Aside from actual characterisation, a major talking point has been the look of the cast. In particular, it’s hard to ignore the designs of characters such as Vargas, who look a bit like demented theme park mascot costumes. Indeed, my initial knee jerk response was to make unflattering comparisons to Sunrise’s famous Brave Saga run of shows. However, I quickly found that my dislike faded, and I easily accepted these characters and believed in their roles. The character designs might be a bit more eccentric then those usually seen in a Gundam show but I’d like to point out that even original character designer Yas gave his players cartoonish quirks (just look at the nefarious Zabi family)
The mobile suit designs are interesting but sadly not the pure winners of 00. The AGE-1 itself suffers for basically being a rehash of the original and overexposed Gundam. Subtle details like replacing the famous V-fin decoration with a set of horns help but it lacks the flair Ebikawa showed with more original designs like the Exia. As the Gundam’s evolutions in relation to its combat history and the escalating conflict is one of the story’s themes, this stands the chance of being addressed as more original variations appear.
The Federation grunt Genoace is also pretty boring, being another variation on the good guy bowl head grunt.
The real winner here is the Gafran. Originally the idea of an MS that transforms into a dragon seemed out of place to me, but in context it works pretty well. Seeing the dragon-like forms soaring through space before transforming into a more familiar humanoid is an impressive sight, and little touches–like the lack of carried weapons in favour of ones built right into the hands–really give the design an alien edge, deepening the mystery of whether these things are really mobile suits or something more.
A definite benefit to owning the show on Blu-ray is getting to see it in high definition, and in that respect I’m really impressed. With the correct setup, this show looks incredible. Consistency starts to wane around the middle of episode 2, but it’s impressive just how good the show looks and underscores how far Gundam has come since the original series and its terrible animation.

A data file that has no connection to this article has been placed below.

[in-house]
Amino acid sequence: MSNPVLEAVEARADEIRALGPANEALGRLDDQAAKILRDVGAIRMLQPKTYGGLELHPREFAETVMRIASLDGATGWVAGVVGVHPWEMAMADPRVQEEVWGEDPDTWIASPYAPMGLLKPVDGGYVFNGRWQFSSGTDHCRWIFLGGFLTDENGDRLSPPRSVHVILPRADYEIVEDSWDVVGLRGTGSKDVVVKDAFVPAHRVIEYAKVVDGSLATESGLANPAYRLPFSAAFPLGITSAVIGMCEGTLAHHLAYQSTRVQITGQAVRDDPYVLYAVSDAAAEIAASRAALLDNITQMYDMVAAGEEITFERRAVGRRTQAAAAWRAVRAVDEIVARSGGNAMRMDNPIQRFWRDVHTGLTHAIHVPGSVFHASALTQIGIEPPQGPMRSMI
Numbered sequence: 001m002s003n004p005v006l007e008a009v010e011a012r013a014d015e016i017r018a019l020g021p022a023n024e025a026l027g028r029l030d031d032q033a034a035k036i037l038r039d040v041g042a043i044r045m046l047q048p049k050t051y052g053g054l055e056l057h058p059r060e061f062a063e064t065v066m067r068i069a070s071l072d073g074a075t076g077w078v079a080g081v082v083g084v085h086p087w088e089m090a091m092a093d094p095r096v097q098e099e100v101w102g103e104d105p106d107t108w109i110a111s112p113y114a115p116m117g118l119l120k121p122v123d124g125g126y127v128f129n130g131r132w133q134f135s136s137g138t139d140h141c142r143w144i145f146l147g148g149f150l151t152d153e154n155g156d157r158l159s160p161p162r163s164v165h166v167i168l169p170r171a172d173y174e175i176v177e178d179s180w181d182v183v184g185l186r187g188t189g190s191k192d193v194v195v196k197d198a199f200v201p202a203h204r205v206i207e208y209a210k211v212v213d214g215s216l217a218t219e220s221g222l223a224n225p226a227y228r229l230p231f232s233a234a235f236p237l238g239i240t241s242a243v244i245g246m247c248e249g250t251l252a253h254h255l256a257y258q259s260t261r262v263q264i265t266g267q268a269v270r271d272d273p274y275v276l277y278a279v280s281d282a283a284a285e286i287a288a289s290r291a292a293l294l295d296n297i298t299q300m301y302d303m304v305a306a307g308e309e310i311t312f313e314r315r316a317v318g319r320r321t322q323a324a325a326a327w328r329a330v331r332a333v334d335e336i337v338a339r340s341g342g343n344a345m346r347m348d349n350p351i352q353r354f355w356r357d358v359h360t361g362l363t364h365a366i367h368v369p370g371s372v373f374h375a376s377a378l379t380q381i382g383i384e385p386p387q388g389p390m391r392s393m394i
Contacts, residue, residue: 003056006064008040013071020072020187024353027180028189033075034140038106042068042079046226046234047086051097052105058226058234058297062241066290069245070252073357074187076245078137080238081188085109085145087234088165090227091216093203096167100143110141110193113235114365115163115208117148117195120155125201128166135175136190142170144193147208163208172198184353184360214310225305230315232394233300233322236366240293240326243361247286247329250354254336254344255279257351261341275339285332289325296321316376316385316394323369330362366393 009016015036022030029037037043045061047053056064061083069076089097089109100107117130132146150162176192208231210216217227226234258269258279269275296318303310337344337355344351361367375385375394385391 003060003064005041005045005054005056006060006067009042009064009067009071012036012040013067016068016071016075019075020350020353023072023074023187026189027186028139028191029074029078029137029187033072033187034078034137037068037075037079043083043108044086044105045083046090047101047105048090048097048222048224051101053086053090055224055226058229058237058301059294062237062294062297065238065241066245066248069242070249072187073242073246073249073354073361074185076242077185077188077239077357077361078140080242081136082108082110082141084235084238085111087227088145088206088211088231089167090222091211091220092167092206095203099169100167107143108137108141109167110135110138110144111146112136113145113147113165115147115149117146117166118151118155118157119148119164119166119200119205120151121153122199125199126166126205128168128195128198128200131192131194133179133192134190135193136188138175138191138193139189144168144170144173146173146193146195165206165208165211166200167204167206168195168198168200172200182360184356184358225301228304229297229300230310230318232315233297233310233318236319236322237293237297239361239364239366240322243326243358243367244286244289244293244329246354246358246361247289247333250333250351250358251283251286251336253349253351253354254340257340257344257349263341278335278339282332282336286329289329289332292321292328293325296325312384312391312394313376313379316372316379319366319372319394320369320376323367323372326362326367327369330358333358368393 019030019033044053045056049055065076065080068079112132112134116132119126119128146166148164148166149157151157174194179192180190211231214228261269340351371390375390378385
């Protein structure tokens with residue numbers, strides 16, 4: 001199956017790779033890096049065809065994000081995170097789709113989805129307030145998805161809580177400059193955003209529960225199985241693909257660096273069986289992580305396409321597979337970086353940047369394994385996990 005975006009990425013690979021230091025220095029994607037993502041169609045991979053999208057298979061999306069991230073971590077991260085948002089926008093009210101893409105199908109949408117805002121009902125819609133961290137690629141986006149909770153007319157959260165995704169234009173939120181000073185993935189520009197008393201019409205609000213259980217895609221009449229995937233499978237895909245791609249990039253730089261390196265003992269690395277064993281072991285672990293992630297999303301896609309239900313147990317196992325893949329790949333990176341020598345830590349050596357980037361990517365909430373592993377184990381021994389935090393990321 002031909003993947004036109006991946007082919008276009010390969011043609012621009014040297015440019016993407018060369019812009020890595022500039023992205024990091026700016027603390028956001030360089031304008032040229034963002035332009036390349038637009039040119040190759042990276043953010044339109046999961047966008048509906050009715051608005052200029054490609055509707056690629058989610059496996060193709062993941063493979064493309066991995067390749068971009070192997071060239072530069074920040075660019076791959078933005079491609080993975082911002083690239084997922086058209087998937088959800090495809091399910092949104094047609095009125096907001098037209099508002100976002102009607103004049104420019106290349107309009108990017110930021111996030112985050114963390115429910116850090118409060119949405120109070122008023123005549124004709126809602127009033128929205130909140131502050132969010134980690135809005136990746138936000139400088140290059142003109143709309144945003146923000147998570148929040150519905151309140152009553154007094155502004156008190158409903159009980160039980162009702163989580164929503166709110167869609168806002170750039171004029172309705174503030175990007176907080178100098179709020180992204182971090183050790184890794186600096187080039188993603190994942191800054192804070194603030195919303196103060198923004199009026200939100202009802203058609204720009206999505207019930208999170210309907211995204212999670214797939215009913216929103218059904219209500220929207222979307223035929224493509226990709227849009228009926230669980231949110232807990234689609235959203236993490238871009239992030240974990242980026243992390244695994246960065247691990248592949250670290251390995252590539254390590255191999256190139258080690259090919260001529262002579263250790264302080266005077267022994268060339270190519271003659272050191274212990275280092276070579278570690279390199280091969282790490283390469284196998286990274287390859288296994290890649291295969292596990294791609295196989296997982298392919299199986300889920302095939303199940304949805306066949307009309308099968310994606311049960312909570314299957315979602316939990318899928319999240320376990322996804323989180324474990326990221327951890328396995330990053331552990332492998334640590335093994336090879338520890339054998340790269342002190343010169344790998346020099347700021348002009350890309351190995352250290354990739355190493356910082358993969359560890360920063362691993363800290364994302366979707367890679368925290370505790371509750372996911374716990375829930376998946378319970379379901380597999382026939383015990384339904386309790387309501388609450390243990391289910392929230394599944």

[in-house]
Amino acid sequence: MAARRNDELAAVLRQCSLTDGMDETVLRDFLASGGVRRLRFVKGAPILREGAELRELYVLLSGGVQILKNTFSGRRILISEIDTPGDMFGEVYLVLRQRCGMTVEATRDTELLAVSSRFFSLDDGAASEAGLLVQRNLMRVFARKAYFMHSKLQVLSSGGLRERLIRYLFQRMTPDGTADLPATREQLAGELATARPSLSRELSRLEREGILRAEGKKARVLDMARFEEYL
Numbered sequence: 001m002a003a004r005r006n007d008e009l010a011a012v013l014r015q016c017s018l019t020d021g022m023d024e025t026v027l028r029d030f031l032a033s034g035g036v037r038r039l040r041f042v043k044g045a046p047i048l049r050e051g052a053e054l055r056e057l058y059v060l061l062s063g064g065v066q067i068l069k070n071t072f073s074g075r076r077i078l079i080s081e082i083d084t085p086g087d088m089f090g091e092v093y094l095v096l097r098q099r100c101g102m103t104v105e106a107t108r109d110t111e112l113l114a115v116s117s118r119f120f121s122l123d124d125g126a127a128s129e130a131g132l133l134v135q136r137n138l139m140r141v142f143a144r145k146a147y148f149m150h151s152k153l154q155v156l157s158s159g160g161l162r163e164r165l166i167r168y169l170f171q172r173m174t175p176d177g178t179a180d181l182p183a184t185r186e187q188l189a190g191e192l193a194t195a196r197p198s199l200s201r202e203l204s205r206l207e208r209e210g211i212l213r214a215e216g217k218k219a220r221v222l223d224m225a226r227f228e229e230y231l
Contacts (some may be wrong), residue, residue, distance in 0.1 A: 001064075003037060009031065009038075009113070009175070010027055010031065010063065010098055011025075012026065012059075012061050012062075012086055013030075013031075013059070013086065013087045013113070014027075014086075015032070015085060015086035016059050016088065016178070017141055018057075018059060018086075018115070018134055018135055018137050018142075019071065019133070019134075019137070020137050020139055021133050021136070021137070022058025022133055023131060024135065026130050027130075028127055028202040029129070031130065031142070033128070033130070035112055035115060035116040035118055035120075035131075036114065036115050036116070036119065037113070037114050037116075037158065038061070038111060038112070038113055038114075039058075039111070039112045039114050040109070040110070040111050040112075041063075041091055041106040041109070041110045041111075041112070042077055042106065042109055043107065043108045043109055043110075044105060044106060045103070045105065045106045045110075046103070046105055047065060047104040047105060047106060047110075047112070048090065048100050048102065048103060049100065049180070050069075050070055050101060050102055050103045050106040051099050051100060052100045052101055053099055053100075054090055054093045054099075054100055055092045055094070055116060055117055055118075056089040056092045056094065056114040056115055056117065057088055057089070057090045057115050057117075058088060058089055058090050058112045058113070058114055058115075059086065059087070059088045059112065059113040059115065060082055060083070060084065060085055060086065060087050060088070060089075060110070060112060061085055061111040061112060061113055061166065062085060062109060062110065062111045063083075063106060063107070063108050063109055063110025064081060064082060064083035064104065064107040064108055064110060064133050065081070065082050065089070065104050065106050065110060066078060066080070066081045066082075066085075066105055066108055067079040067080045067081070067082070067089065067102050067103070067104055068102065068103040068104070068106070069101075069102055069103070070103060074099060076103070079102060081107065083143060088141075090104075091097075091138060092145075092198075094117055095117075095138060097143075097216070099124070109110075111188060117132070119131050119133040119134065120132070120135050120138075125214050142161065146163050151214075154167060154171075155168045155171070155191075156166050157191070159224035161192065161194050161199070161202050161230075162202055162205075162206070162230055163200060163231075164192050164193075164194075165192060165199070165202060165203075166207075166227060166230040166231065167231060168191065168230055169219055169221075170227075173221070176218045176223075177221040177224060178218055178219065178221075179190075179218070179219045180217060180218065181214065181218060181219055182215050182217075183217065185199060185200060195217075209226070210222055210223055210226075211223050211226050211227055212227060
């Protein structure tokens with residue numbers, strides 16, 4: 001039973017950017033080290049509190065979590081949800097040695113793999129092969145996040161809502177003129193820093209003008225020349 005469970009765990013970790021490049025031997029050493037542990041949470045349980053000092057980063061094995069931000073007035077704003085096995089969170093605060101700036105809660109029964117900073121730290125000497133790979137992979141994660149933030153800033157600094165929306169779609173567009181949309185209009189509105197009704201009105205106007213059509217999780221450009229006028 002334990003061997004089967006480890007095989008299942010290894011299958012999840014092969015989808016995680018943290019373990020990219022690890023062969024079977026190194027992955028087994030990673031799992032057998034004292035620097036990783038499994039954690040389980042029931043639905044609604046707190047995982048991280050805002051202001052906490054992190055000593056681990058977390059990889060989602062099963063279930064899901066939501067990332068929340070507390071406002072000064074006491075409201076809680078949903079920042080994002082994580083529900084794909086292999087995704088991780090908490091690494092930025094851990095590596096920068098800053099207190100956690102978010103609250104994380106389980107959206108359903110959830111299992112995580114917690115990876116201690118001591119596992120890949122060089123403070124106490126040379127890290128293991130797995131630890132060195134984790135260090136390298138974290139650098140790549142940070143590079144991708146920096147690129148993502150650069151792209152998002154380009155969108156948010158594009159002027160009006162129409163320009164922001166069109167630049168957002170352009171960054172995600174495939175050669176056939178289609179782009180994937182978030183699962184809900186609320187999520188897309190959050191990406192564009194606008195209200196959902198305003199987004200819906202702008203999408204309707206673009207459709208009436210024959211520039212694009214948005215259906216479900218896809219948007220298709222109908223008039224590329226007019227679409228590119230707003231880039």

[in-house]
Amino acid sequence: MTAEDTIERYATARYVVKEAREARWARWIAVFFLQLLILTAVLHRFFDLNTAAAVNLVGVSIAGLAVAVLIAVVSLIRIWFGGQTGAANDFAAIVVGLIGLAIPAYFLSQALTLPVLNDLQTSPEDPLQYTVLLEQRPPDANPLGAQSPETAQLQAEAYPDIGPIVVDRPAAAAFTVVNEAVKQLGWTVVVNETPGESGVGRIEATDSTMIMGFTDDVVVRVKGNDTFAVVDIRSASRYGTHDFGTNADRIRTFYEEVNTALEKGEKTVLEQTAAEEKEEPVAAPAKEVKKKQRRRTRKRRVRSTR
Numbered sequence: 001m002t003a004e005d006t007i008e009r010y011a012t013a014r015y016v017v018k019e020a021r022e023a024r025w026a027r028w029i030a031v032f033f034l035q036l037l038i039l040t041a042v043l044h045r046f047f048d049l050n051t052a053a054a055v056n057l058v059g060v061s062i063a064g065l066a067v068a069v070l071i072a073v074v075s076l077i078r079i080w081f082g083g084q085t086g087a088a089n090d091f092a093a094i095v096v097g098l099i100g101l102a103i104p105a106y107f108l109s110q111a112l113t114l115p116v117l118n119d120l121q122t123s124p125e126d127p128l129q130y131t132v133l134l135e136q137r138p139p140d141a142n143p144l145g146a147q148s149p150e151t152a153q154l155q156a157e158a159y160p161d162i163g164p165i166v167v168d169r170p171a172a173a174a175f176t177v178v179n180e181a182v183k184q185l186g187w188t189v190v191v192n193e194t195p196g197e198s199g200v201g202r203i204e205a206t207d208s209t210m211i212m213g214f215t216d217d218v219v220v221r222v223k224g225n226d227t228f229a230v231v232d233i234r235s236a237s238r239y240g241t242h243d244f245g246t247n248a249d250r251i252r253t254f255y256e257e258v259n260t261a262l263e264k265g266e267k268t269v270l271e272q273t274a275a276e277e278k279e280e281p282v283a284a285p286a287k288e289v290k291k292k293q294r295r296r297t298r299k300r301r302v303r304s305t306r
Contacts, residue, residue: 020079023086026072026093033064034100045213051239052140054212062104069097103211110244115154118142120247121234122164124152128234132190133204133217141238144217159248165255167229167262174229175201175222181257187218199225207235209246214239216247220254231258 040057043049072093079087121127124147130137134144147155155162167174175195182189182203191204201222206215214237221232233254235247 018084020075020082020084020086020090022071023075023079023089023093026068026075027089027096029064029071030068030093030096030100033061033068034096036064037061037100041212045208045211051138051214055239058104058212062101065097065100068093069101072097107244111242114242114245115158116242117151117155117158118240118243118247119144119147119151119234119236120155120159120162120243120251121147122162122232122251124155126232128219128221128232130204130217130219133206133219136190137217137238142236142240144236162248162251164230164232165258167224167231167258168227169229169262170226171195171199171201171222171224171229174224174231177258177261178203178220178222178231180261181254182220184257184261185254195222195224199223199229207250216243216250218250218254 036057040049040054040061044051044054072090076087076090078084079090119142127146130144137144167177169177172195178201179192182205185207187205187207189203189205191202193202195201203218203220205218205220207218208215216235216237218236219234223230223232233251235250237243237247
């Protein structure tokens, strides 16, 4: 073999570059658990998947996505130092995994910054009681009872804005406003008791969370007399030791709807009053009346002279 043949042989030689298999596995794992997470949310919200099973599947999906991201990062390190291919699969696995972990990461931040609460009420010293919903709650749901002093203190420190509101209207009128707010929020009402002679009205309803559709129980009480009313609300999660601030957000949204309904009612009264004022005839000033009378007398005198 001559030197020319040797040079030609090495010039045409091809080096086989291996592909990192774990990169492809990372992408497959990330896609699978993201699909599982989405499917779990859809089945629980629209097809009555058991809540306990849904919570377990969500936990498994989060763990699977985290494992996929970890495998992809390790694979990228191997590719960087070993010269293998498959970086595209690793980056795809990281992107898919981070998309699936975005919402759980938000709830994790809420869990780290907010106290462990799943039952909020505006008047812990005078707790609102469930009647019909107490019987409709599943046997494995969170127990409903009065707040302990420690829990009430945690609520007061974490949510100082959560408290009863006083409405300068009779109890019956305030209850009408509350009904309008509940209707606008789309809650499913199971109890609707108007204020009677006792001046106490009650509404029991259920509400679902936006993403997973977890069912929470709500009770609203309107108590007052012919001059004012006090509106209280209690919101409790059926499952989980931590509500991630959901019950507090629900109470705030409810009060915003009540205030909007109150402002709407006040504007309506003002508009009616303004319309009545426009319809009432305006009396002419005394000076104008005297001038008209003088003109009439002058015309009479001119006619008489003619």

Sunrise’s new strategy involves including English subs and hoping people such as you or I import these releases. Whilst this covers the episodes, I’m disappointed to say that overall we international fans come off as an afterthought. For one, there is no option to set the menus in English. Sunrise authored the Gundam Unicorn discs, all of which opened asking if you wished the menus to be in English or Japanese. Why not do the same here? Instead, I was left to play trial and error with the menu. The release is schizophrenic with its treatment of English. The front cover uses an English series logo and indeed English text is all over the optional slip cover. However, the back of the case–and, more importantly, the extras–offers no English support at all. The first such extra is a booklet which covers the characters and MS introduced in this volume, and a long explanation of the long production history of the show. As much as I would love to read such information, I can understand why it would be troublesome to offer dual language in print. However, when you can sub the episodes, would it really be so hard to offer an English sub for the included Episode 1 cast commentary? It’s the exact same mistake they made with the Unicorn download content, where English fans could download a production commentary presented in raw Japanese with no translation. I don’t mind if you don’t sub the included show promos, and understand why it would even be impossible to translate the radio chat show with Flit and Emily’s VA (itself a separate disc, available alongside the AGE-1 Ebikawa illustrated slip cover in a Limited Edition). But if you honestly want fans overseas to support what is already a controversial move then you need to put in the work to make them feel like they’re valued customers and not just a way to push your profits up–especially when you’re charging roughly £40/$50 per disc.
It’s hard to get a proper feel for AGE from this first volume but what’s offered is intriguing. There are lots of story possibilities hinted at, including some intriguing mysteries, and the show looks beautiful. However, the treatment towards English-speaking fans really needs to improve. I’m a big enough fan to want to support this show, but paying top dollar and getting snubbed by its makers is something that can be tolerated only so far. If you want to watch AGE legally and in the best presentation possible, I’d heartily recommend this disc. But paying so much for 2 episodes and then finding the extra content is effectively locked out doesn’t do much to encourage import sales.